ROANOKE, Va. – Steven Rosine, a former employee at a production facility in Roanoke, Virginia that manufactures night vision devices used by the U.S. military, pleaded guilty yesterday in U.S. District Court in Roanoke to stealing night vision devices and other component parts, and selling them over the internet. Acting United States Attorney Daniel P. Bubar and Special Agent in Charge Raymond Villanueva for the Homeland Security Investigations (HSI) Washington, D.C. field office, made the announcement today.
“This defendant used his position with a trusted government contractor to steal critical defense products and parts to sell for his own profit,” Acting United States Attorney Daniel P. Bubar said today. “I am grateful for the hard work of Homeland Security Investigations, the Roanoke County Police and our prosecution team for investigating Rosine’s thefts and bringing him to justice today.”
“Rosine chose to steal regulated defense materials used to make military equipment and sell it out on the open market to make himself a profit without regard for who may end up receiving the materials on the other end or for what purpose they may be used,” said Special Agent in Charge Raymond Villanueva for the Homeland Security Investigations (HSI) Washington, D.C. field office. “Homeland Security Investigations is dedicated to protecting our national security by investigating those who seek to divert sensitive materials for personal gain.”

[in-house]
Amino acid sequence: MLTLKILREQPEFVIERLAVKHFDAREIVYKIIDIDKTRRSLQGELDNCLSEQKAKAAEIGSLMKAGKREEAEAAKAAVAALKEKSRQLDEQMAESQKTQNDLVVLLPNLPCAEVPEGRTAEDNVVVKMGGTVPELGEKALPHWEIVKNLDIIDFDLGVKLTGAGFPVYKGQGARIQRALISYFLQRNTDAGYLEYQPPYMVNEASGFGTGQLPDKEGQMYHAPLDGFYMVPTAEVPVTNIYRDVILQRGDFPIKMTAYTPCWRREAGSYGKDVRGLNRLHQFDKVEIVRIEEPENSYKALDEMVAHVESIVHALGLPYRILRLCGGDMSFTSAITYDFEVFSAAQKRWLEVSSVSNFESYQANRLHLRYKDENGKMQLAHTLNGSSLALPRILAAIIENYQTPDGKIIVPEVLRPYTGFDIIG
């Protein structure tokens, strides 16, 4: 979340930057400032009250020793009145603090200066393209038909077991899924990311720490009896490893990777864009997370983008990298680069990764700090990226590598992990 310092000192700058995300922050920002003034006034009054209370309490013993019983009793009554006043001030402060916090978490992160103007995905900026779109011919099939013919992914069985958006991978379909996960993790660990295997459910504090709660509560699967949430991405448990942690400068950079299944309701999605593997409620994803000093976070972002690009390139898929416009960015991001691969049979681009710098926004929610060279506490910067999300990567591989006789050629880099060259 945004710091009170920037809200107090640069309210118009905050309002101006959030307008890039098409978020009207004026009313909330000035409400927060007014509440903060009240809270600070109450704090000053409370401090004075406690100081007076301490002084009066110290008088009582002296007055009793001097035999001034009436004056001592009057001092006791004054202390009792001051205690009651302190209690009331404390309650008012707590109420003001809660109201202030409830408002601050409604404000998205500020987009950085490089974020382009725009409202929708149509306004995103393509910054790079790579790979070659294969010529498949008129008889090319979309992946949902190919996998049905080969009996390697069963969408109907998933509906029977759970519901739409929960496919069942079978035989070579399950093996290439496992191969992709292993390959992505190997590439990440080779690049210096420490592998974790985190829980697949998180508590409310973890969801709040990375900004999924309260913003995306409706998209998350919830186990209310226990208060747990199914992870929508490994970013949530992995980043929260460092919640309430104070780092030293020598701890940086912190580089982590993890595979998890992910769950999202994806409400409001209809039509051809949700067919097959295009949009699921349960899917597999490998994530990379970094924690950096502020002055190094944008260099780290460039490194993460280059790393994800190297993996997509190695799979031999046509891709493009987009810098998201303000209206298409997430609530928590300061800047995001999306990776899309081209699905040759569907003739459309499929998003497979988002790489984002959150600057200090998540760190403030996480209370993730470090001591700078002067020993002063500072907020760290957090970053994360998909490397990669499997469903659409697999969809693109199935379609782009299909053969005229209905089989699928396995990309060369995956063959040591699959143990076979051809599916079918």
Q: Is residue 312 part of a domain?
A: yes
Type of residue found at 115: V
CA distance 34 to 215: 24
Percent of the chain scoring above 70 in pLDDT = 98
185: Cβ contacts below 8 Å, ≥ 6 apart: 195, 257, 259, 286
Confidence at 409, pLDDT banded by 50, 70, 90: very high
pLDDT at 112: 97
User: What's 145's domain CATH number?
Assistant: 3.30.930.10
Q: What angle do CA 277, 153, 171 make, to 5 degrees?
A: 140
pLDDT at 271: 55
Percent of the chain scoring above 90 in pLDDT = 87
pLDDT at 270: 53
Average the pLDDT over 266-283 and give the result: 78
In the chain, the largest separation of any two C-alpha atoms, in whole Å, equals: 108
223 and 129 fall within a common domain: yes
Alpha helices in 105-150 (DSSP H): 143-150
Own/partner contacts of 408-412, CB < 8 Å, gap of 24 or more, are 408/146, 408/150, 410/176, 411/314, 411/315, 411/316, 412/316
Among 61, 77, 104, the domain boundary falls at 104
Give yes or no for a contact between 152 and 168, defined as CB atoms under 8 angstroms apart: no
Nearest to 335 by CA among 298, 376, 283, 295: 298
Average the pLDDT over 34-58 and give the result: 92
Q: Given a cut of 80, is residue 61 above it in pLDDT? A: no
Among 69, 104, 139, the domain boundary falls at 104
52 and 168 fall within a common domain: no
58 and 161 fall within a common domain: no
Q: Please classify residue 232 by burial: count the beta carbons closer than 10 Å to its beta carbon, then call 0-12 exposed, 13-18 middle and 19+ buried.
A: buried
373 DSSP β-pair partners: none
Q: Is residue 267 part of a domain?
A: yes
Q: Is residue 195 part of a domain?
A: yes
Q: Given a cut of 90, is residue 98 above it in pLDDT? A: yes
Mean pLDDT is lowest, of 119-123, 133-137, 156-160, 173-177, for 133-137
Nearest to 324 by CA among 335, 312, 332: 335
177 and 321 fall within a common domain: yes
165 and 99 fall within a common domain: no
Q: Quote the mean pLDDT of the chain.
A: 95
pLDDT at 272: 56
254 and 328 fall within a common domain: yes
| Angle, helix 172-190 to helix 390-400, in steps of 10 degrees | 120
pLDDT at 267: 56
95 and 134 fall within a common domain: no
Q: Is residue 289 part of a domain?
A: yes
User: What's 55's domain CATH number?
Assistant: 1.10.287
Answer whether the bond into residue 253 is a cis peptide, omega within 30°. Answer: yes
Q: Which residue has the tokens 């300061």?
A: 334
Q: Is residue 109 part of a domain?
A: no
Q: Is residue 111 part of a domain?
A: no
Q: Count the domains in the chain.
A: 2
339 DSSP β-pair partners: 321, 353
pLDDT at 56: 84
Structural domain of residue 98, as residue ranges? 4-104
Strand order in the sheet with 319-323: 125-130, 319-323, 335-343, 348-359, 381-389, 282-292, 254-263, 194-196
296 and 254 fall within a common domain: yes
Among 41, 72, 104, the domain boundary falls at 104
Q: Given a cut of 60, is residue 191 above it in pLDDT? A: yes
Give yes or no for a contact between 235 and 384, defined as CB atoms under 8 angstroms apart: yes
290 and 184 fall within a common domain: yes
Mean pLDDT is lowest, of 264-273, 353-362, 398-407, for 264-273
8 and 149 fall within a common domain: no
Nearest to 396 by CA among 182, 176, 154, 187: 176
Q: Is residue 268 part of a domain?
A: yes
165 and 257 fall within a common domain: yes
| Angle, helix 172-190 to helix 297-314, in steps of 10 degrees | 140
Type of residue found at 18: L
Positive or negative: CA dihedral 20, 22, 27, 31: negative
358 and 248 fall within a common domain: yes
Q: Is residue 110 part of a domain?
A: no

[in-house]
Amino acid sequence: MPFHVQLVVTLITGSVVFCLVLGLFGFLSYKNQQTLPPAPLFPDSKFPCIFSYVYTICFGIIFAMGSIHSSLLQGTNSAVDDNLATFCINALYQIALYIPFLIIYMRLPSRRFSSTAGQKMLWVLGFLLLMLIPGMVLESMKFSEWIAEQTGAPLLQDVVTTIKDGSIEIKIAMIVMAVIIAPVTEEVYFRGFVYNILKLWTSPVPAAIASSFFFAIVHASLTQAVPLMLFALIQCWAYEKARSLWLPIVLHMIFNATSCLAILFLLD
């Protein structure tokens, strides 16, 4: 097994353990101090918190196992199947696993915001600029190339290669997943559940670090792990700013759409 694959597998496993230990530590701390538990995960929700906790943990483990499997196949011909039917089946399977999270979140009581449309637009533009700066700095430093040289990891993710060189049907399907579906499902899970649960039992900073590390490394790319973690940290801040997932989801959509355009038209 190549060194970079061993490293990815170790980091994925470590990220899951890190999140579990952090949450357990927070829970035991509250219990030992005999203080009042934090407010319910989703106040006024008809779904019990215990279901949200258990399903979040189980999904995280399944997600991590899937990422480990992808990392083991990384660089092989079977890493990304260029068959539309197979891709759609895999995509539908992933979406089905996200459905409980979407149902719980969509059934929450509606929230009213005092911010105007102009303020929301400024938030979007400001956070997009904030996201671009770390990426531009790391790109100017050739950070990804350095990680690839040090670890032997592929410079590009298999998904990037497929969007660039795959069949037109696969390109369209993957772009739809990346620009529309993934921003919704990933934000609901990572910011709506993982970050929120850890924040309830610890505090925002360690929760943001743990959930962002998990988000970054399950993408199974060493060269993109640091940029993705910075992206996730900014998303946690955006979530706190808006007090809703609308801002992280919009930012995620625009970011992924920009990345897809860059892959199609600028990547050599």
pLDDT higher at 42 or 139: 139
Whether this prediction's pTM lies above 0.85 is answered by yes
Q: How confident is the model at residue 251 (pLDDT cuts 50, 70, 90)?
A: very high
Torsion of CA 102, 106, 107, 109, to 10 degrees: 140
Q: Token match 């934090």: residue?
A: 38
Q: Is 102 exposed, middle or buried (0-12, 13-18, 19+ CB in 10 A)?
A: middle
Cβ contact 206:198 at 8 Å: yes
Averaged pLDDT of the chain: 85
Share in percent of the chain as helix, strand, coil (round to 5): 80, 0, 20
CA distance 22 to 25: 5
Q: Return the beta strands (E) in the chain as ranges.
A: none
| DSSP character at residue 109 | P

Rosine, 47, waived his right to be indicted and pleaded guilty yesterday to a one count Information charging him with interstate transportation of stolen property. At sentencing, Rosine faces a maximum statutory penalty of up to 10 years in prison and/or a fine of up to $250,000.
According to court documents, from 1996 to 2019, Rosine was employed as a production engineer at Harris Corporation’s night vision manufacturing facility in Roanoke, Va. During his employment Rosine had access to night vision devices and various components used in device manufacturing.
Between approximately 2010 and 2014, Rosine stole approximately 66 pounds of a soft metal, indium, a crucial element used in the night vision manufacturing process. He sold the stolen indium on the Internet to a company in California for his own personal financial gain, yielding a profit of $51,622.
Beginning in 2012 and continuing through 2018, Rosine stole various image intensifier tubes, night vision systems, and component parts from Harris Corporation. Rosine listed these items for sale on an Internet website. Rosine maintained a dedicated PayPal account, into which he deposited more than $119,000 in proceeds from his illicit sale of night vision devices.
A majority of the night vision devices sold by Rosine are classified as third generation image intensifier tubes and were manufactured using classified production data. They are categorized by the Department of State, Directorate of Defense Trade Controls (DDTC) as “Defense Articles,” which are subject to control under the International Trafficking in Arms Regulations (ITAR) and the jurisdiction of the Department of State.
The investigation of the case was conducted by Homeland Security Investigation and the Roanoke County Police Department. Assistant United States Attorney Kristin B. Johnson prosecuted the case for the United States, in coordination with William Mackie, Counterintelligence & Export Control Section, National Security Division, U.S. Department of Justice.